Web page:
The causes of teen major depressive disorder are almost as varied as the people who suffer from it. Many factors can contribute to its development, including family history of depression and traumatic or stressful events happening in the teenage years. Because it’s not completely understood how depression develops, there isn’t a specific thing that triggers it in each individual case. However, researchers have discovered many risk factors for teen major depressive disorder including issues with family structure and dynamics; difficult or traumatic life events; genetic predisposition; chemical imbalances in the brain; poor communication skills or lack of communication in families; substance abuse; and lack of exercise.

What’s The Best Way To Treat Teen Anxiety?

Treating teen anxiety is not a simple task. Anxiety in teenagers is one of the most common mental health issues, and can be very challenging to treat. Some kids respond well to antidepressants and/or talk therapy—a combination that offers the best chance at long-term results for most people who suffer from anxiety. But it can be hard to get teenagers to commit to therapy, even when it’s in their best interests.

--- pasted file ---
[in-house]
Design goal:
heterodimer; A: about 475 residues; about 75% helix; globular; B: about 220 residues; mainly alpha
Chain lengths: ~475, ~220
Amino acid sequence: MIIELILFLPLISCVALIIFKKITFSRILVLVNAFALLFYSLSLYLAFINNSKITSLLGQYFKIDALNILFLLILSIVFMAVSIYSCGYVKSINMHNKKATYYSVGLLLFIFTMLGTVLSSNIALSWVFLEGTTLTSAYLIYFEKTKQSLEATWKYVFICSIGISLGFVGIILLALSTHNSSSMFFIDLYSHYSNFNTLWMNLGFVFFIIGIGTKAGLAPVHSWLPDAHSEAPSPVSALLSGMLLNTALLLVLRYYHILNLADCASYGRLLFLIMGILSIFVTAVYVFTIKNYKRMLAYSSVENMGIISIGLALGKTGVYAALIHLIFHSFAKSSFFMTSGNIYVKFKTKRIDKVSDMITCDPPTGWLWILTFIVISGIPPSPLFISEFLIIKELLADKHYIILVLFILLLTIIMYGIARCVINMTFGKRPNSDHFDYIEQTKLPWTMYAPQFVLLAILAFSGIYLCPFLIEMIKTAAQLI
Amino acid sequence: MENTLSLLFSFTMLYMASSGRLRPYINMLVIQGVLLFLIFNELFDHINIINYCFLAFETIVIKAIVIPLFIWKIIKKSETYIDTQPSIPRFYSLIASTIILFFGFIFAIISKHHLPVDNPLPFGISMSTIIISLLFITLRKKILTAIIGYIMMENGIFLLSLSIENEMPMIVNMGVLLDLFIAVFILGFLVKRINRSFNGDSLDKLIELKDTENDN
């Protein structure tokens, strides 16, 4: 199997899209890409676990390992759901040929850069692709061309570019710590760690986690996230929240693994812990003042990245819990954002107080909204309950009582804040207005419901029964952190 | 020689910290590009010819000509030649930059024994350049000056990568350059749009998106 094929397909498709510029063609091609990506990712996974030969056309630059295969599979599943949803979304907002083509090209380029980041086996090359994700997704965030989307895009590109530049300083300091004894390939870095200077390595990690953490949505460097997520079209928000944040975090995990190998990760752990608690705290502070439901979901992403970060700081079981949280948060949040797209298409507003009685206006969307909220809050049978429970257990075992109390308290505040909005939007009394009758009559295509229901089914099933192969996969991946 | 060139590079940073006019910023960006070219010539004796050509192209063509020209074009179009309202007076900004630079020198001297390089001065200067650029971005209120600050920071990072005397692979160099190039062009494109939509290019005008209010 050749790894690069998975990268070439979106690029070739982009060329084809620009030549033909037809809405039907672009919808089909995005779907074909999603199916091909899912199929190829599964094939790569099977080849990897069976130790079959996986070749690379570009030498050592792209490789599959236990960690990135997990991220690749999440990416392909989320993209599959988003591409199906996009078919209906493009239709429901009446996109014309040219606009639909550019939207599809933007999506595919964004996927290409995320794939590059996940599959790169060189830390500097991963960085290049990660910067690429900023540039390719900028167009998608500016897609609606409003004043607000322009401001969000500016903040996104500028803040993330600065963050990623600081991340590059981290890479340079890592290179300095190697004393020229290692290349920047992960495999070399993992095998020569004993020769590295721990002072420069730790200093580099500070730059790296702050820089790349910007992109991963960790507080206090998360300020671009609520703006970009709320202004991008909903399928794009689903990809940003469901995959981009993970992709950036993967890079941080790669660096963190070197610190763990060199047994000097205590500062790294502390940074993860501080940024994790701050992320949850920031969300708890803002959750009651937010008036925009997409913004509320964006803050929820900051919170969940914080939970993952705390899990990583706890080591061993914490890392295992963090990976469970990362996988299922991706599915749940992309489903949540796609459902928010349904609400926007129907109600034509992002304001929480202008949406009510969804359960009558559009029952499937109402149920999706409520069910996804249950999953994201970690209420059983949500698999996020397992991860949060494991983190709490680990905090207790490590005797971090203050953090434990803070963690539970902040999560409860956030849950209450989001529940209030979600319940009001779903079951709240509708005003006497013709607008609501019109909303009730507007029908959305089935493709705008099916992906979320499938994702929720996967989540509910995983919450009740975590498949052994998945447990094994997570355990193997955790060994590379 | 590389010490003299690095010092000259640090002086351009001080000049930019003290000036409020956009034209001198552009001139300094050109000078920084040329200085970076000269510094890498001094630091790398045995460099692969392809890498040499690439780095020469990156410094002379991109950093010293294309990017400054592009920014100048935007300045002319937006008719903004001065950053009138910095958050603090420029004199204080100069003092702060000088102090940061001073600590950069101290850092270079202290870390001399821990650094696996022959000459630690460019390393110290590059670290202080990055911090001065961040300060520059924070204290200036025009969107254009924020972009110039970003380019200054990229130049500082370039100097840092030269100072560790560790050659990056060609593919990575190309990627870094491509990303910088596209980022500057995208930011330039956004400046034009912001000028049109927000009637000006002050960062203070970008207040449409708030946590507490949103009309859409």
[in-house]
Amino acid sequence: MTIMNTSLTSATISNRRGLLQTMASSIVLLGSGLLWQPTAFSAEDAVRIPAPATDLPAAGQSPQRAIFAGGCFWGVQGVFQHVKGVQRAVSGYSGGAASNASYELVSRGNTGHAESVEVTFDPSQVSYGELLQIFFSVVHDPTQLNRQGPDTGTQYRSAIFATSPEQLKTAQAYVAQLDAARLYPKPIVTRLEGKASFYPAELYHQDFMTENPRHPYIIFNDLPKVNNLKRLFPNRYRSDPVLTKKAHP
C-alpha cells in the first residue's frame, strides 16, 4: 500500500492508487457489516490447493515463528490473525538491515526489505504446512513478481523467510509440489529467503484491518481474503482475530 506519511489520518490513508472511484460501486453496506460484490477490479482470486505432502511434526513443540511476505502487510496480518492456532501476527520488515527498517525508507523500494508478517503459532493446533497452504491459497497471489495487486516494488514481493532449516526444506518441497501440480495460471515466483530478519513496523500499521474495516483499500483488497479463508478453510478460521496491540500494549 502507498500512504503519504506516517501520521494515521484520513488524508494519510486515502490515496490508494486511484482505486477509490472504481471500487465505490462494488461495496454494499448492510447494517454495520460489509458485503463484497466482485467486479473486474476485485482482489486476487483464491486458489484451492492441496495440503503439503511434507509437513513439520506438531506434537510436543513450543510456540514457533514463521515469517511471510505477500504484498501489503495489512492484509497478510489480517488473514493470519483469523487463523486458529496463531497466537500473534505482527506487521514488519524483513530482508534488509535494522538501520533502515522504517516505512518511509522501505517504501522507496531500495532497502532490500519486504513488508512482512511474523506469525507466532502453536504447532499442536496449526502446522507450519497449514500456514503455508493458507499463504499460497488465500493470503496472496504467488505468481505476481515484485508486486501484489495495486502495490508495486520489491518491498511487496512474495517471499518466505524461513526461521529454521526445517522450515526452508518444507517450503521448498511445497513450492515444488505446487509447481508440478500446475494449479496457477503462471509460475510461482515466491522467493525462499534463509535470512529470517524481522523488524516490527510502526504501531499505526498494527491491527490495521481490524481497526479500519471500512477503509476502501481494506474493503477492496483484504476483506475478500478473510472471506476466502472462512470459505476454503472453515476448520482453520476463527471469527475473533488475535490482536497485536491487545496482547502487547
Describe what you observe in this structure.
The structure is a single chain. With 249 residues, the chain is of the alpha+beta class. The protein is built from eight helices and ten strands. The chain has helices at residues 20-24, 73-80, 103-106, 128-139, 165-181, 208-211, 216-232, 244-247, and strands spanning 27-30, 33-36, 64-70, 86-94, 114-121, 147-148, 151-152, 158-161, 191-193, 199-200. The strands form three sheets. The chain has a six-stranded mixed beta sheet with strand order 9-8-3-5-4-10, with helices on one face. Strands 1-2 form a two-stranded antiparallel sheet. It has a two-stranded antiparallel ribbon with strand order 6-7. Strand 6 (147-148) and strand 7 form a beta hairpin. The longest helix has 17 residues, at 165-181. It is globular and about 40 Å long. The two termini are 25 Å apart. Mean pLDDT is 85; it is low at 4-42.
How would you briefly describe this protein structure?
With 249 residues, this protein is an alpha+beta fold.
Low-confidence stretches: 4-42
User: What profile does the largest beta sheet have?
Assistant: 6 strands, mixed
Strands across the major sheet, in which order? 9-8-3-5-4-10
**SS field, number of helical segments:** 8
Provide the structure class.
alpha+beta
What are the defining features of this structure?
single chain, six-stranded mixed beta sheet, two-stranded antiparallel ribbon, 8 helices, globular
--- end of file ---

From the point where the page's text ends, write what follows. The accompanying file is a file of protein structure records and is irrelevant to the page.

You have several options for getting your teenager into therapy if he or she is reluctant:

Ask the school counselor to meet with them (it’s usually free) and see if they can refer them to a therapist or teen anxiety treatment program.

Encourage the teen to see a therapist on his/her own—this might be a good idea if they’re self-motivated, or if they’ve already shown some interest in seeing one. A self-referral also shows you that they’re taking their condition seriously and want to do something about it

Put them on a wait list for an appointment with a therapist or psychiatrist—this option might take months, though, so prepare yourself for the reality of your continued frustration while you wait

Causes: Teen Depression and Anxiety